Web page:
The U.N. refugee agency warns overcrowding and deteriorating conditions on Greece’s eastern Aegean islands are causing serious distress among refugees, leading to self-harm and riots in protest.
UNHCR reports that refugees from Syria, Iraq and other destitute and conflict-ridden countries are arriving on Greece’s islands faster than the government can transfer them to the mainland for processing.
In August, it notes, nearly 3,700 people arrived by sea - nearly 1,500 more than in July. UNHCR spokeswoman Cecile Pouilly says living conditions are particularly bad for refugees on the islands of Lesbos, Samos, Leros and Chios.
“Many of the people have been staying on the islands for months, and the conditions have affected their physical and mental health. The threat of violence, self-harm and sexual assault is extremely worrying and more security is needed,” Pouilly said.
The agency reports facilities on the islands are seriously overcrowded, and people who lack accommodations are forced to live in containers and tents. Pouilly says on the island of Samos, more than 1,900 people remain crammed into an area intended for 700.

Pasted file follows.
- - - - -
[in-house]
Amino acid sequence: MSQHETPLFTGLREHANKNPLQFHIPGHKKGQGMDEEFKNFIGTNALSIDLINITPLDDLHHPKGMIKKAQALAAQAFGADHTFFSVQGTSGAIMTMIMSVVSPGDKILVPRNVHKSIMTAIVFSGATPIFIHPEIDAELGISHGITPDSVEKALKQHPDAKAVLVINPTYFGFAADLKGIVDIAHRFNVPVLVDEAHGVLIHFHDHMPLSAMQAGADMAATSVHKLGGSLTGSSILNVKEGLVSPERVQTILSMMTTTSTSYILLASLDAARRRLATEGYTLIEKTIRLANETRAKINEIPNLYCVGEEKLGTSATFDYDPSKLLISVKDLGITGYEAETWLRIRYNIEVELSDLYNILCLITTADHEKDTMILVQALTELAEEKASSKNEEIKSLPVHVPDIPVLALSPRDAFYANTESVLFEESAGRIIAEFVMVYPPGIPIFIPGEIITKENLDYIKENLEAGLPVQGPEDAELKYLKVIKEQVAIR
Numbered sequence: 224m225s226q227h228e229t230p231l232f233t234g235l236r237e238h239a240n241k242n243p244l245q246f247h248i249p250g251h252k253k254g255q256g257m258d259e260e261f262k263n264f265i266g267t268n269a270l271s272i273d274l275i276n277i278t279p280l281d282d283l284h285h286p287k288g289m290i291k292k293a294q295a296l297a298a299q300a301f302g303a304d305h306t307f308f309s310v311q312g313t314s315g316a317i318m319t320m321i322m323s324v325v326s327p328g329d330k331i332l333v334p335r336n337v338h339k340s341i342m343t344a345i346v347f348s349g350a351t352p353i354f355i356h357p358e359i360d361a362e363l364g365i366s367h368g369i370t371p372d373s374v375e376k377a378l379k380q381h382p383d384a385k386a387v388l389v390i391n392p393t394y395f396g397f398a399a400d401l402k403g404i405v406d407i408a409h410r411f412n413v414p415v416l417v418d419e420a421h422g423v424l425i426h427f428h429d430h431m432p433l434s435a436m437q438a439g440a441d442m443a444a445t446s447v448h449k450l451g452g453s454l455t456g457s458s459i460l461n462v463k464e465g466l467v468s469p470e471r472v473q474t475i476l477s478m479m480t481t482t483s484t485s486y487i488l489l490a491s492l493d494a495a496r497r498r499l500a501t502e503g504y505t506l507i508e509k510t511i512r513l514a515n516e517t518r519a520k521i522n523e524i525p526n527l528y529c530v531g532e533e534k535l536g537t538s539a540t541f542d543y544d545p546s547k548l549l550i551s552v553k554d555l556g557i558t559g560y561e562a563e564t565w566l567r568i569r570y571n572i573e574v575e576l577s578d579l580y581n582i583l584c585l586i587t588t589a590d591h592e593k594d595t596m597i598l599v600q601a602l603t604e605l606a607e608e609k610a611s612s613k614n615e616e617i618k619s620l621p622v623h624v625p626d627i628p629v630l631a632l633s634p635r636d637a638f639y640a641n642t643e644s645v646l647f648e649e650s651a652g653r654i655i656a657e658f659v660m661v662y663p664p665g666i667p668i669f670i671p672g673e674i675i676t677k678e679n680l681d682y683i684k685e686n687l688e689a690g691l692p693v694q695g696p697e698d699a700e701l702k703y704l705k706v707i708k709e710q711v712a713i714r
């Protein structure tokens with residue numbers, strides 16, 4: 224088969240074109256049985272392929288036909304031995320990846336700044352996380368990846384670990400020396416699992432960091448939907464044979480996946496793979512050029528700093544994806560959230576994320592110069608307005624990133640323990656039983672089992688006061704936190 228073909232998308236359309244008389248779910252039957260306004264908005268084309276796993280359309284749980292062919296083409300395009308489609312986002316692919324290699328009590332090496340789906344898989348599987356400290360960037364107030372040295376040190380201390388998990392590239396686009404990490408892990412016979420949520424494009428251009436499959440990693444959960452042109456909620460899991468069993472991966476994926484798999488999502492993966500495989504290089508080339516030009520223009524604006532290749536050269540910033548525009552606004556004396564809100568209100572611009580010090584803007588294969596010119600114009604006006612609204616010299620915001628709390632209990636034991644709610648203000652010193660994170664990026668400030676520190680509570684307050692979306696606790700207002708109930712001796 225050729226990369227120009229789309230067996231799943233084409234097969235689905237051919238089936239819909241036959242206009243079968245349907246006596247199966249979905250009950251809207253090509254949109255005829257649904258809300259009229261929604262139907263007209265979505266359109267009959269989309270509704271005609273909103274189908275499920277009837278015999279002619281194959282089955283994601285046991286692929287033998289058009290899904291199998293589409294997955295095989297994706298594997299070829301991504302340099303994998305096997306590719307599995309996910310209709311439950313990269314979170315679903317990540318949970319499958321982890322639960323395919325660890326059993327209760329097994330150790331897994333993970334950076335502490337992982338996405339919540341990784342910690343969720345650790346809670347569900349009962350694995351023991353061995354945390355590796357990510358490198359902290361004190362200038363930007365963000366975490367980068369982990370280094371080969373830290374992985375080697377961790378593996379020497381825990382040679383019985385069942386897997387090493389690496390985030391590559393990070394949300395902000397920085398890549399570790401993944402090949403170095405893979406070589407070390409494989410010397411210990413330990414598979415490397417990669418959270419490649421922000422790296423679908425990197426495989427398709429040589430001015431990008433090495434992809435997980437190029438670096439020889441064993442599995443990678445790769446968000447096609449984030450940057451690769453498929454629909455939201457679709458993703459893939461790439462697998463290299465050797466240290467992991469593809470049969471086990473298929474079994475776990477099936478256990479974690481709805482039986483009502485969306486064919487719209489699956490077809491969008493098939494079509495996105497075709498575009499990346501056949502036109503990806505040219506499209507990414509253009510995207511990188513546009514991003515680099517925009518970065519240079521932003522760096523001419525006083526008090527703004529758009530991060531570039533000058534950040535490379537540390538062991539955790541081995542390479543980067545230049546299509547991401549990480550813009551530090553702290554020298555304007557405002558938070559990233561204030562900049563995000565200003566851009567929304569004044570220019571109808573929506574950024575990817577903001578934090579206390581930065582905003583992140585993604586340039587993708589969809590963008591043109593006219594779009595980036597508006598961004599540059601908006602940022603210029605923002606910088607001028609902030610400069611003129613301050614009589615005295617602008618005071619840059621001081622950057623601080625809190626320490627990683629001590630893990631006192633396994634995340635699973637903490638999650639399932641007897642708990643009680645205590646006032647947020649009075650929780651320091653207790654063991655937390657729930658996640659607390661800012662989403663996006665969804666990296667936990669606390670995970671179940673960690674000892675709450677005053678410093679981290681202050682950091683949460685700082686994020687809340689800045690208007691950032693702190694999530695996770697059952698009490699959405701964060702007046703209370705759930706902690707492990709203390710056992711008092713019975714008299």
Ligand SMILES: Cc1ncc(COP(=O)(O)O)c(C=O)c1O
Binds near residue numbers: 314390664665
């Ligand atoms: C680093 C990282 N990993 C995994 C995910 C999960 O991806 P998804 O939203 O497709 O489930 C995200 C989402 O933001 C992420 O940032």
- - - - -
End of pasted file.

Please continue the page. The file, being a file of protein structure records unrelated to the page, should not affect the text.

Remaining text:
Among them, she says, are more than 600 children, as well as pregnant women, serious medical cases and people with disabilities.
“We are concerned at the growing risks to their health and welfare, due to water shortages and poor hygienic conditions, and we have been providing assistance, such as blankets, mats, sleeping bags and so on. On Lesbos, tensions remain high at the Moria center, which has been twice rocked by riots in recent weeks,” Pouilly said.
The UNHCR is calling for robust action to improve conditions in reception facilities on the islands. It says additional national staff is needed to provide health, psychosocial support and protection of unaccompanied children.